West Wales War Memorial Project
West Wales War Memorial Project

RAF Carew Cheriton War Graves

The original R.A.F. station here was named R.A.F. Pembroke, which operated from July 1918 until January 1919 when it was decommissioned. R.A.F. Carew Cheriton was built in 1938 on the site of the WW1 R.A.F. Pembroke, initially equipped with grass runways. The airfield was used as a support base for the flying boat operations at Pembroke Dock. Based here was 'B' Flight 1 A.A.C.U. and 595 Squadron Target Towing Flight, equipped with Hawker Henleys.

 

On 15 April 1941 twelve airmen were killed in an air raid which hit the sick bay. From 1939 to 1942 the Coastal Command Squadrons: 217, 48, 320, 321, 236, 248, 254 and 500 flew patrols from Carew over the Western Approaches, raids along the French coast, the escort of the Irish mail steamer and also Douglas DC-3 passenger services. Also here between 1940 to 1941 the Coastal Command Development Unit was based here, and carried out trials of a new airborne radar equipment. The airfield stopped operational flying in 1942, but became home to No. 10 Radio School, with the training of wireless operators on the radio units.

 

The airfield is disused, though much remains, and the Control Tower has been restored by the Carew Cheriton Control Tower Group, and can be visited. Several men who were killed while based at Carew are buried at the local Churchyard. These men are commemorated on this page. The photographs of the men are courtesy of Deric Brock, and the graves courtesy of Les Nixon.

Anthony Leon Victor Barnes, Pilot Officer (Pilot), 40071, Royal Air Force. Anthony was born in London, and resided at Leamington Spa at the outbreak of war. He enlisted into the Royal Air Force, and was posted to No. 1 Anti-Aircraft Cooperation Unit at Carew Cheriton. On 23 April 1940, Anthony was piloting Hawker Henley L3427, along with Wilson, when it crashed near Nash Villa at 11.30 a.m., killing both Anthony and his Navigator, Sergeant Wilson of Tenby. Anthony is buried at Carew (St. Mary) New Churchyard.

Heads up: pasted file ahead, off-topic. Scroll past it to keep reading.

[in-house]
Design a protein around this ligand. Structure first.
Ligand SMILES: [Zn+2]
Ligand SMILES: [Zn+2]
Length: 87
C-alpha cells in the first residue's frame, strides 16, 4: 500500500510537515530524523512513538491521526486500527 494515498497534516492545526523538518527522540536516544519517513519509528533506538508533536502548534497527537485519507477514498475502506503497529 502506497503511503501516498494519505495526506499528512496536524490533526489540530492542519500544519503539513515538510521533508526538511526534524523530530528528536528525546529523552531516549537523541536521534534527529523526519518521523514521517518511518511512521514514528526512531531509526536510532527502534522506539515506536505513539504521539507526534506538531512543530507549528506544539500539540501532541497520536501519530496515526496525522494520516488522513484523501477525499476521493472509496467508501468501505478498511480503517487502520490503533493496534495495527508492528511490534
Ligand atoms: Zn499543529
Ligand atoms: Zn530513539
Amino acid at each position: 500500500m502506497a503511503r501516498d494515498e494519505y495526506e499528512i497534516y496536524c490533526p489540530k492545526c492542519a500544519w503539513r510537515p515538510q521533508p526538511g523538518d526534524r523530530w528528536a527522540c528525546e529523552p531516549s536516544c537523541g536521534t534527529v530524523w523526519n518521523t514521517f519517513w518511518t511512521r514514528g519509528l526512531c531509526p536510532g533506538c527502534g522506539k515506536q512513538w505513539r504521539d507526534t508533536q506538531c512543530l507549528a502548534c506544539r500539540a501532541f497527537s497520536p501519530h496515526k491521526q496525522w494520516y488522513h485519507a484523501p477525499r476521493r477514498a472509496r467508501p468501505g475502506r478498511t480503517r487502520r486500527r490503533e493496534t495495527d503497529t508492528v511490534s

Howard Earl Dabbs, DFC, Pilot Officer (Pilot), J/15608, Royal Canadian Air Force. Howard was the son of William L. Dabbs and Florence D. Dabbs, of Daysland, Alberta, Canada. Howard enlisted into the Royal Canadian Air Force, and was posted to 101 (Royal Air Force) Squadron, based at Holme Upon Spalding Moor. He was an experienced pilot, having flown in eight raids in Wellington’s and a further four in Lancaster’s, and had been awarded the Distinguished Flying Cross just four days before his final mission. The citation, published in the London Gazette of 15 December 1942, read; ‘One night in December, 1942, this officer was pilot of an aircraft detailed to attack Frankfurt. When nearing the target area, his aircraft, whilst held in a cone of searchlights was hit by anti-aircraft fire and one of its engines was put out of action. Despite this, Pilot Officer Dabbs flew on to his target but, as the bomb release mechanism was unserviceable, he was unable to drop his bombs. Displaying skilful airmanship he flew his aircraft back to this country without the assistance of wireless aids. With a full bomb load he made a masterly landing in poor visibility. This officer's skill and determination in the face of adverse circumstances set an example worthy of the highest praise. He has flown on several sorties with distinction.’ On the night of 6 December 1942, Howard took off in his Lancaster, Serial ED322, bound for Mannheim. On the return leg the following morning, the Lancaster became lost over the Pembrokeshire coast, and crashed into the sea off Tenby, killing the crew. Over the next ten days, four bodies washed ashore on various beaches in the area. Howard's body was one of these, and he is buried in Carew (St. Mary) New Churchyard. He was just 20 years old. The three other crewmen were not recovered and are remembered on the Runnymede Memorial in Surrey, England.